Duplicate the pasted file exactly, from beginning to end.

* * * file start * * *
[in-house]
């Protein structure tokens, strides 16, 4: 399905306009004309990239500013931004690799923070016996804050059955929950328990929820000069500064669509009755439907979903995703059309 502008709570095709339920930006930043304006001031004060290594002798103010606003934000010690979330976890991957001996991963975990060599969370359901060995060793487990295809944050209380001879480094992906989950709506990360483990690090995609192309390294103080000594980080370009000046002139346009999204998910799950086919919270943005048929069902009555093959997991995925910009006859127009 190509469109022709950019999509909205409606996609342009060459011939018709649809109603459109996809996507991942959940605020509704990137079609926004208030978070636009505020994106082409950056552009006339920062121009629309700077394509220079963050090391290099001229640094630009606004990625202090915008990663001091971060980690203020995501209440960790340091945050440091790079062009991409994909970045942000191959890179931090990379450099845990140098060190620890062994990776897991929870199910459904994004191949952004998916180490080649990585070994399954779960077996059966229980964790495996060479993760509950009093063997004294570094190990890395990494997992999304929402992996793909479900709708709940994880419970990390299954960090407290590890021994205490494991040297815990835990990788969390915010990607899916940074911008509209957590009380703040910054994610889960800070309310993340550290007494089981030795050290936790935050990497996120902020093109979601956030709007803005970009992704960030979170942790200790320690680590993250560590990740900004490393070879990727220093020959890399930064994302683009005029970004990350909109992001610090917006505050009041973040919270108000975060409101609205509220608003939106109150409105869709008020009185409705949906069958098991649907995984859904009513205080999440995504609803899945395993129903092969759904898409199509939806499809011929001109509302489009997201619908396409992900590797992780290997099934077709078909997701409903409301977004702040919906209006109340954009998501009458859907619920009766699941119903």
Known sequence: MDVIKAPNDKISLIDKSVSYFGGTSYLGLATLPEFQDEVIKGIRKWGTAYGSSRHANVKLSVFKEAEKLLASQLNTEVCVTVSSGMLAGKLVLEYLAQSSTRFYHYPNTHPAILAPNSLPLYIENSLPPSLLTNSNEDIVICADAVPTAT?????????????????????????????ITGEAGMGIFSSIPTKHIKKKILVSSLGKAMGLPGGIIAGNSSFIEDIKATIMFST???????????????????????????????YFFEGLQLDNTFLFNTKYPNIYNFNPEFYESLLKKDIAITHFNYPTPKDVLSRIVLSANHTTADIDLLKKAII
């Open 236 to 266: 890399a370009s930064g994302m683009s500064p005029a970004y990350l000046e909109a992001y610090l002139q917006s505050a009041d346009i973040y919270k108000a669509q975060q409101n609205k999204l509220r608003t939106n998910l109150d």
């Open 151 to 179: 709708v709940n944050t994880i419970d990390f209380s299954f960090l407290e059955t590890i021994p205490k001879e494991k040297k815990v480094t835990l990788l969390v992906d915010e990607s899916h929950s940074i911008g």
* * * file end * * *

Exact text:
[in-house]
């Protein structure tokens, strides 16, 4: 399905306009004309990239500013931004690799923070016996804050059955929950328990929820000069500064669509009755439907979903995703059309 502008709570095709339920930006930043304006001031004060290594002798103010606003934000010690979330976890991957001996991963975990060599969370359901060995060793487990295809944050209380001879480094992906989950709506990360483990690090995609192309390294103080000594980080370009000046002139346009999204998910799950086919919270943005048929069902009555093959997991995925910009006859127009 190509469109022709950019999509909205409606996609342009060459011939018709649809109603459109996809996507991942959940605020509704990137079609926004208030978070636009505020994106082409950056552009006339920062121009629309700077394509220079963050090391290099001229640094630009606004990625202090915008990663001091971060980690203020995501209440960790340091945050440091790079062009991409994909970045942000191959890179931090990379450099845990140098060190620890062994990776897991929870199910459904994004191949952004998916180490080649990585070994399954779960077996059966229980964790495996060479993760509950009093063997004294570094190990890395990494997992999304929402992996793909479900709708709940994880419970990390299954960090407290590890021994205490494991040297815990835990990788969390915010990607899916940074911008509209957590009380703040910054994610889960800070309310993340550290007494089981030795050290936790935050990497996120902020093109979601956030709007803005970009992704960030979170942790200790320690680590993250560590990740900004490393070879990727220093020959890399930064994302683009005029970004990350909109992001610090917006505050009041973040919270108000975060409101609205509220608003939106109150409105869709008020009185409705949906069958098991649907995984859904009513205080999440995504609803899945395993129903092969759904898409199509939806499809011929001109509302489009997201619908396409992900590797992780290997099934077709078909997701409903409301977004702040919906209006109340954009998501009458859907619920009766699941119903």
Known sequence: MDVIKAPNDKISLIDKSVSYFGGTSYLGLATLPEFQDEVIKGIRKWGTAYGSSRHANVKLSVFKEAEKLLASQLNTEVCVTVSSGMLAGKLVLEYLAQSSTRFYHYPNTHPAILAPNSLPLYIENSLPPSLLTNSNEDIVICADAVPTAT?????????????????????????????ITGEAGMGIFSSIPTKHIKKKILVSSLGKAMGLPGGIIAGNSSFIEDIKATIMFST???????????????????????????????YFFEGLQLDNTFLFNTKYPNIYNFNPEFYESLLKKDIAITHFNYPTPKDVLSRIVLSANHTTADIDLLKKAII
């Open 236 to 266: 890399a370009s930064g994302m683009s500064p005029a970004y990350l000046e909109a992001y610090l002139q917006s505050a009041d346009i973040y919270k108000a669509q975060q409101n609205k999204l509220r608003t939106n998910l109150d």
């Open 151 to 179: 709708v709940n944050t994880i419970d990390f209380s299954f960090l407290e059955t590890i021994p205490k001879e494991k040297k815990v480094t835990l990788l969390v992906d915010e990607s899916h929950s940074i911008g």